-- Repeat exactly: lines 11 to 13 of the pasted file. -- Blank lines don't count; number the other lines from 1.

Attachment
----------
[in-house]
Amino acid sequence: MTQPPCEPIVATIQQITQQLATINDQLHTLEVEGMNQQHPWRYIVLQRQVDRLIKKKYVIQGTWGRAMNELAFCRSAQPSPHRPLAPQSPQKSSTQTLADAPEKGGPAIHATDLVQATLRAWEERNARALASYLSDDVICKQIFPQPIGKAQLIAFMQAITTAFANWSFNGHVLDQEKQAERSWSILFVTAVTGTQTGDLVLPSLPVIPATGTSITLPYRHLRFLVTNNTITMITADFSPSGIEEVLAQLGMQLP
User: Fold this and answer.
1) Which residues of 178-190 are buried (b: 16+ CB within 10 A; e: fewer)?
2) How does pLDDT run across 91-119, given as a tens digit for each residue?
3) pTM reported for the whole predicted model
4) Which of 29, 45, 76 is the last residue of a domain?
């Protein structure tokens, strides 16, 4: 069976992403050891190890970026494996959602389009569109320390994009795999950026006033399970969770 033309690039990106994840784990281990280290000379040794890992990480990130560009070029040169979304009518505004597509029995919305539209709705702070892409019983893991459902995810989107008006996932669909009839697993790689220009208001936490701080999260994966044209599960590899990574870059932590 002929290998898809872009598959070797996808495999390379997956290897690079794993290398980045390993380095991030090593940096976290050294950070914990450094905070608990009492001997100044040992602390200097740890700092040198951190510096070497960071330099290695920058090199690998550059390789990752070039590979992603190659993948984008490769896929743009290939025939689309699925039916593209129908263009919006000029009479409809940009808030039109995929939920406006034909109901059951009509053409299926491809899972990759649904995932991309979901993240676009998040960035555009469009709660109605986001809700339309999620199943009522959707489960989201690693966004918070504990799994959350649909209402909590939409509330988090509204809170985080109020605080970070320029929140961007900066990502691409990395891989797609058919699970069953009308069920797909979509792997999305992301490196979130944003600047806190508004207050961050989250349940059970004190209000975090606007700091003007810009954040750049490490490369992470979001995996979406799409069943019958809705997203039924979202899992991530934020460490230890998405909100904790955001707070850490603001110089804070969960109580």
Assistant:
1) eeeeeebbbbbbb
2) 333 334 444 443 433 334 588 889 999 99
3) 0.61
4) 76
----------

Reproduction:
2) 333 334 444 443 433 334 588 889 999 99
3) 0.61
4) 76